When pastoral care must come from someone other than the pastor
Many church plants start out small. This can be a great benefit but can also cause trepidation in some guests who aren’t comfortable with the family atmosphere. However the goal of your church plant is likely to grow and reach more people for Christ. So, how can you prepare your congregation for pastoral care that doesn’t always come directly from the pastor?
THE PROS AND CONS OF BEING A SMALL CHURCH
If your church is under 75 people, everyone knows everyone. It eliminates the ability for someone to try out your church anonymously. This is a problem you cannot avoid. Instead, embrace who you are as a smaller church. You will lose some people who just aren’t comfortable being in that small environment. But you will also have some people who are looking for that environment. Be cautious about overemphasizing the value of a small church if you expect your church to grow in the future. Emphasize that this small church environment is a great blessing in this first season of your church plant.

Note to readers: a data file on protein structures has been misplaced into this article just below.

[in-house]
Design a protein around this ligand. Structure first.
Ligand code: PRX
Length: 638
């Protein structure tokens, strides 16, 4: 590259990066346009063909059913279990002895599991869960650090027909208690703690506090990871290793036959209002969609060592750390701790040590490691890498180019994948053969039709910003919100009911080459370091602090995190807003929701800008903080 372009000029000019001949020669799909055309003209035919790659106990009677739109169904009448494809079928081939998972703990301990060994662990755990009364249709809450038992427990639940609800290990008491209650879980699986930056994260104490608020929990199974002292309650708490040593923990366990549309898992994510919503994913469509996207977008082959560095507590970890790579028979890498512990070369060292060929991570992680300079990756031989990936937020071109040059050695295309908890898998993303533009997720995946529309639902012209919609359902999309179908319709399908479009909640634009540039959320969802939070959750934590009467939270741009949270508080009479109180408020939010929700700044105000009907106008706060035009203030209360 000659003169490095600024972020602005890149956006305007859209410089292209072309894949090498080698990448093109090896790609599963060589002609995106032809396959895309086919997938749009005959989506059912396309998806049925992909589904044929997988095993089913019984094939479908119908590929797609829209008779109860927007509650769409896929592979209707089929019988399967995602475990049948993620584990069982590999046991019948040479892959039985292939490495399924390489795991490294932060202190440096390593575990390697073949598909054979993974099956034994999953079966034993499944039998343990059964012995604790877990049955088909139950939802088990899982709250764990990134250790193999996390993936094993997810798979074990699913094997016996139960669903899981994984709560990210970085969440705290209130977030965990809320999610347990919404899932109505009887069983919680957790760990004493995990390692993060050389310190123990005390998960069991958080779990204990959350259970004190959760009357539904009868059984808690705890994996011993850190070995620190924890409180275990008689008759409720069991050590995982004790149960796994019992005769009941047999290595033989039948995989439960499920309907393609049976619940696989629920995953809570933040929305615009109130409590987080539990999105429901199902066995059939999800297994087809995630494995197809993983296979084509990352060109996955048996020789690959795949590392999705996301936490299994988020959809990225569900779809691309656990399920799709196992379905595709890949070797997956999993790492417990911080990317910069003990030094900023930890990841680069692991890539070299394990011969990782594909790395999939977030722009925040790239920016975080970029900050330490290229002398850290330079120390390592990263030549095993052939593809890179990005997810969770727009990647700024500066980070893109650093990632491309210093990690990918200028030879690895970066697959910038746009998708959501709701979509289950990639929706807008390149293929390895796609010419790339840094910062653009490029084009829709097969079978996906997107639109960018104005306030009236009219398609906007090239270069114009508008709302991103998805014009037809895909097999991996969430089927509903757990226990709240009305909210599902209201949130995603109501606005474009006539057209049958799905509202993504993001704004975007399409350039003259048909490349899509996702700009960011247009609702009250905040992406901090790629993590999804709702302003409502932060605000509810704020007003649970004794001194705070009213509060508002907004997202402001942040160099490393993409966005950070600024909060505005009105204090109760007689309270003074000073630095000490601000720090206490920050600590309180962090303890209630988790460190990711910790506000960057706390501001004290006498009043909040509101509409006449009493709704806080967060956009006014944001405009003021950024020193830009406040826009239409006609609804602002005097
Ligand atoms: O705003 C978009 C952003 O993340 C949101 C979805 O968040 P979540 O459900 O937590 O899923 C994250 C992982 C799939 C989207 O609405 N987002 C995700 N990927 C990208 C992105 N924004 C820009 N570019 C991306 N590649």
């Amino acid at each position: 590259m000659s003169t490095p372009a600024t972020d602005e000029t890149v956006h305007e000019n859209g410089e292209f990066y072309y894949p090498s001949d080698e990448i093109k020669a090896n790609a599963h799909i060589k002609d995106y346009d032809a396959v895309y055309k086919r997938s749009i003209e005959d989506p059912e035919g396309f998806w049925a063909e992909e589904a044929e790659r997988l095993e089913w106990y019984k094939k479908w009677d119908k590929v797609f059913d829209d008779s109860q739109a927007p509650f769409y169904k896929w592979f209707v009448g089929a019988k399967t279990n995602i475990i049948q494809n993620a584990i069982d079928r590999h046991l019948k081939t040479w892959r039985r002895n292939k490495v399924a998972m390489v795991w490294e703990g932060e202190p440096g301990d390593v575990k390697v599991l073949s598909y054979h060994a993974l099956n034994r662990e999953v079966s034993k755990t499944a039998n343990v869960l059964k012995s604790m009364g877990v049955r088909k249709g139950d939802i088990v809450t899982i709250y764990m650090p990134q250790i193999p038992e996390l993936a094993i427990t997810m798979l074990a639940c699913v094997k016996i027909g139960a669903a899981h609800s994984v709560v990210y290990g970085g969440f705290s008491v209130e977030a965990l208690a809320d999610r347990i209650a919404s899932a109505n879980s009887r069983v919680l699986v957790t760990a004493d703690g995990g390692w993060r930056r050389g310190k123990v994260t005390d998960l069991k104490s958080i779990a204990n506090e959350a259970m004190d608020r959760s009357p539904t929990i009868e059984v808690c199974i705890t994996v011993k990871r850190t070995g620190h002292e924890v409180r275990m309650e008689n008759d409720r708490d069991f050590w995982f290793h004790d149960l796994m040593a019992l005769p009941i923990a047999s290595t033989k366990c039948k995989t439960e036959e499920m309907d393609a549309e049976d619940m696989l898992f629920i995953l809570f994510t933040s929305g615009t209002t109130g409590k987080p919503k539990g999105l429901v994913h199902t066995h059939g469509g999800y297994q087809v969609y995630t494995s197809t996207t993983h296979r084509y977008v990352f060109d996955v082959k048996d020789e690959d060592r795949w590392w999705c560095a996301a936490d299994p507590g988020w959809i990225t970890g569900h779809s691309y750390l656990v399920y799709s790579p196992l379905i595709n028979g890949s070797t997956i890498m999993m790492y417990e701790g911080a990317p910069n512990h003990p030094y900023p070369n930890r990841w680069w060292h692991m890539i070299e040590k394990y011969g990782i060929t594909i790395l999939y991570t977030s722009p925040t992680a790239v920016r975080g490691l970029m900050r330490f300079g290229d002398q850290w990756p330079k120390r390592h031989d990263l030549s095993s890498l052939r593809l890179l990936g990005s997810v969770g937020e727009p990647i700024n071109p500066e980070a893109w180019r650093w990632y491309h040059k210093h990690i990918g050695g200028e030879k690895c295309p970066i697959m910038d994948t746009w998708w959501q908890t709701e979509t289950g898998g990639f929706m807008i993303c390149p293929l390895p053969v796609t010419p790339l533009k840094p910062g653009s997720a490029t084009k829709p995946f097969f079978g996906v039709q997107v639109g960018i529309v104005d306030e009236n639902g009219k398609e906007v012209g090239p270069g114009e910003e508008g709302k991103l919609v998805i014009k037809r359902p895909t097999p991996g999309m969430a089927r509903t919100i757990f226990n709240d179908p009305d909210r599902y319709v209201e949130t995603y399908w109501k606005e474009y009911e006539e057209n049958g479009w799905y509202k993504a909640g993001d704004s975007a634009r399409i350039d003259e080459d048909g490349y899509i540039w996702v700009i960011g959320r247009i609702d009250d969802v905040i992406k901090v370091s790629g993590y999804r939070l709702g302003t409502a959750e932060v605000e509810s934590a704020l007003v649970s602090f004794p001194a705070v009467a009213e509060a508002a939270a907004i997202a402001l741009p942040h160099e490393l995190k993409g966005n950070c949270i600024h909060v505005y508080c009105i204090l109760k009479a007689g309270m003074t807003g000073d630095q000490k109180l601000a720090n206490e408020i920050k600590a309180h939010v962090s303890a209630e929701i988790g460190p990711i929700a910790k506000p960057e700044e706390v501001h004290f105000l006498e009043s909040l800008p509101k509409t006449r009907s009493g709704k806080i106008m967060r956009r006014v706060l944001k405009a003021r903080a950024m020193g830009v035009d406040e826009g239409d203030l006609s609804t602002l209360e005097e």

BREAKING THROUGH SIZE BARRIERS
The launch large methodology suggests that breaking the 125 barrier at launch makes you a volunteer-centric church. The church is not pastor-centric, so you aren’t the hub of the wheel that has to run everything. When the church is larger, systems are more necessary in the provision of pastoral care. When you move to the 125–200 barrier your congregation has to move from being led by a shepherd to being led by a rancher. You congregation will still have a great level of pastoral care, but instead of that coming from one person, it will be more of a sense of all members taking care of each other.
RAISING UP LEADERS
As you provide pastoral care in a small church, bring someone with you every time. This sows the seeds of moving to a culture that is not pastor-centric but where it is a church filled with people who all take care of one another. The pastor in a large church cannot bear everyone’s burdens, but instead healthy systems should be put in place that allow the church to flourish without the pastor doing everything on his own. Ultimately this is a biblical view of pastoral care.
Adapted from the New Churches Q&A Podcast Episode 403: What Does Pastoral Care Look Like as a Church Grows. Click here to listen to more to church planting, multisite, and multiplication tips.